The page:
I've been a lazy writer lately.
I said these words to another writer friend this week.They've been haunting me ever since.
We live in a society that often confuses rest with laziness. I think I got caught up in the misunderstanding.
Rest is critical. It is important to athletes and babies and mommas.
It is especially critical to writers.
A lot of writers say the secret to writing lies in the daily routine. I do think routine is essential. Writing well is a learned skill -- not a talent. The only way to become a writer is to write.
I write a lot. Thousands of words a day. I write blog posts, articles, and book chapters. I write about faith in one notebook and collect adoption stories in another. I write letters and curriculum plans and copious emails. Perhaps the dailiness of writing doesn't have to be such a high volume.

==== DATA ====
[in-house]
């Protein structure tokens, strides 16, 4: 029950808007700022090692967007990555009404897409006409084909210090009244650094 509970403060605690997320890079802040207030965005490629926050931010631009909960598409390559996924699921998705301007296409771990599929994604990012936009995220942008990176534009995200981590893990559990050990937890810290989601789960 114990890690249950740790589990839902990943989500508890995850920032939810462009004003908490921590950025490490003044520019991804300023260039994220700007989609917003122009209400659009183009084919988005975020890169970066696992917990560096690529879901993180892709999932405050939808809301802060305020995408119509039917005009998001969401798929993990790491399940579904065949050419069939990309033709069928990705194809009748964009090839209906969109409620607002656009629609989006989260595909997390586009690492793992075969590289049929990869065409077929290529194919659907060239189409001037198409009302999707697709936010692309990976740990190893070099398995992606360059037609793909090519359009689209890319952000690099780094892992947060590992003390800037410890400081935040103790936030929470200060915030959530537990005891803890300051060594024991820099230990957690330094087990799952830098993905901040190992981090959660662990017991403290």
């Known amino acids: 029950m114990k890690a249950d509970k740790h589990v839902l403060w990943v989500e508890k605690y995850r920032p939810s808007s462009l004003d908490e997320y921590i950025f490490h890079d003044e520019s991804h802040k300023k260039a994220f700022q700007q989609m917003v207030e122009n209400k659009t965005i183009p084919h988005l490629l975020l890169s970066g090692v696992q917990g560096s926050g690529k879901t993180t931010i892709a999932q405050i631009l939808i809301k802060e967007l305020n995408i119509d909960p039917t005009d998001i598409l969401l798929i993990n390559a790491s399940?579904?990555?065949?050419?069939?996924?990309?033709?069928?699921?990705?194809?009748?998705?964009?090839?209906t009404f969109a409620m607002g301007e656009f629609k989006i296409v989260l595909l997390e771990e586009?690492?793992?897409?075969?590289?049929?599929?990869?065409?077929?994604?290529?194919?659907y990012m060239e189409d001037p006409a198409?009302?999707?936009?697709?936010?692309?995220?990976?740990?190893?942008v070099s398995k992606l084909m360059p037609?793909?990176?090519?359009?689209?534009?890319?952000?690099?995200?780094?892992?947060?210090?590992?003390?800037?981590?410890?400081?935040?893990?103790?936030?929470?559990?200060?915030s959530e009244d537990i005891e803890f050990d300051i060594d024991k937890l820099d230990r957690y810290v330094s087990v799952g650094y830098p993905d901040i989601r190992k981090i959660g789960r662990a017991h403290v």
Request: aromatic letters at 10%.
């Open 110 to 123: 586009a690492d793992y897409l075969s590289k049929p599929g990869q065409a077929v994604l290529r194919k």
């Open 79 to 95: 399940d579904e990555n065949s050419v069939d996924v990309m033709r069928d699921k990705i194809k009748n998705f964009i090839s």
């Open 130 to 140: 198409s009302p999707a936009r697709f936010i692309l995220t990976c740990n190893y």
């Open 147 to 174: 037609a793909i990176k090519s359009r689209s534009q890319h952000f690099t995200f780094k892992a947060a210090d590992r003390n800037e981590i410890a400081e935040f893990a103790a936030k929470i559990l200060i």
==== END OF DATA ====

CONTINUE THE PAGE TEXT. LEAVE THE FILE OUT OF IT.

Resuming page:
Because rest might just be as critical as word count to my writing life.
When I rest as a writer, my brain finds the needed space to make connections, discover understandings, and play with words. It also allows me the time to stretch into new writing territories. Rest restores my energy for education and helps me find my footing in living and writing my beliefs about teaching.
I'm not a lazy writer.
I'm a writer who is paying attention to her process. A writer who knows it is essential to nourish her writing soul.
A writer who will rest.
Play in my notebook.
Find my voice in new writing territories.
And reclaim my energy of old writing territories.
Athletes know rest is critical to their performance. I'm learning the same is true for me as a writer. So there may be fewer words here and fewer articles and the books may take a little longer to write.
But, I'm not lazy.
Rather, I'm learning to rest in order to become a stronger writer.